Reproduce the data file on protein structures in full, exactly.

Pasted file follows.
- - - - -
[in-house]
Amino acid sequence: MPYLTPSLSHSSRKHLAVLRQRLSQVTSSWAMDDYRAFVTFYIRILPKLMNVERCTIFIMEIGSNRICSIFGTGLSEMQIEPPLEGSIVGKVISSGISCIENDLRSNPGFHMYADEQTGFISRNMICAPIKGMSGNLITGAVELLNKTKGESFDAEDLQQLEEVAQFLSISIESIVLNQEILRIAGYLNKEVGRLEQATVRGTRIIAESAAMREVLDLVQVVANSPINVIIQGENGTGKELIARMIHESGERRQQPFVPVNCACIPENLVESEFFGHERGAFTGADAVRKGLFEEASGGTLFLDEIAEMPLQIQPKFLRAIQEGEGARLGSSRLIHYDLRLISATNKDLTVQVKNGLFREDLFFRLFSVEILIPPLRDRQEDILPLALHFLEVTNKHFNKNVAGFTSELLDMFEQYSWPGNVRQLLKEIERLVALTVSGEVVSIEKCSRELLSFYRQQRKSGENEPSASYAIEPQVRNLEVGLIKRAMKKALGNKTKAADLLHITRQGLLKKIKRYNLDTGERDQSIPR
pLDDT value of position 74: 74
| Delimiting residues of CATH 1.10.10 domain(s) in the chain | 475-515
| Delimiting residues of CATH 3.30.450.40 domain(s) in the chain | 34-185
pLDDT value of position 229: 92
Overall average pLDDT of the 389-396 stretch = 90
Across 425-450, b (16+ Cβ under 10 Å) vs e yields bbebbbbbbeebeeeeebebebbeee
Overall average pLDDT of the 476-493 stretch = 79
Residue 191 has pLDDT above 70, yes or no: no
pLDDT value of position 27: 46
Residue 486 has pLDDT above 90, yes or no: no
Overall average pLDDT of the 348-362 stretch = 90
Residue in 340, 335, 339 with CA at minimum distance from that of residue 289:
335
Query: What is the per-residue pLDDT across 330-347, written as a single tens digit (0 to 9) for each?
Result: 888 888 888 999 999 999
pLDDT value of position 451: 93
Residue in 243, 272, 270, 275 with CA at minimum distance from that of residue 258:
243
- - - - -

[in-house]
Amino acid sequence: MPYLTPSLSHSSRKHLAVLRQRLSQVTSSWAMDDYRAFVTFYIRILPKLMNVERCTIFIMEIGSNRICSIFGTGLSEMQIEPPLEGSIVGKVISSGISCIENDLRSNPGFHMYADEQTGFISRNMICAPIKGMSGNLITGAVELLNKTKGESFDAEDLQQLEEVAQFLSISIESIVLNQEILRIAGYLNKEVGRLEQATVRGTRIIAESAAMREVLDLVQVVANSPINVIIQGENGTGKELIARMIHESGERRQQPFVPVNCACIPENLVESEFFGHERGAFTGADAVRKGLFEEASGGTLFLDEIAEMPLQIQPKFLRAIQEGEGARLGSSRLIHYDLRLISATNKDLTVQVKNGLFREDLFFRLFSVEILIPPLRDRQEDILPLALHFLEVTNKHFNKNVAGFTSELLDMFEQYSWPGNVRQLLKEIERLVALTVSGEVVSIEKCSRELLSFYRQQRKSGENEPSASYAIEPQVRNLEVGLIKRAMKKALGNKTKAADLLHITRQGLLKKIKRYNLDTGERDQSIPR
pLDDT value of position 74: 74
| Delimiting residues of CATH 1.10.10 domain(s) in the chain | 475-515
| Delimiting residues of CATH 3.30.450.40 domain(s) in the chain | 34-185
pLDDT value of position 229: 92
Overall average pLDDT of the 389-396 stretch = 90
Across 425-450, b (16+ Cβ under 10 Å) vs e yields bbebbbbbbeebeeeeebebebbeee
Overall average pLDDT of the 476-493 stretch = 79
Residue 191 has pLDDT above 70, yes or no: no
pLDDT value of position 27: 46
Residue 486 has pLDDT above 90, yes or no: no
Overall average pLDDT of the 348-362 stretch = 90
Residue in 340, 335, 339 with CA at minimum distance from that of residue 289:
335
Query: What is the per-residue pLDDT across 330-347, written as a single tens digit (0 to 9) for each?
Result: 888 888 888 999 999 999
pLDDT value of position 451: 93
Residue in 243, 272, 270, 275 with CA at minimum distance from that of residue 258:
243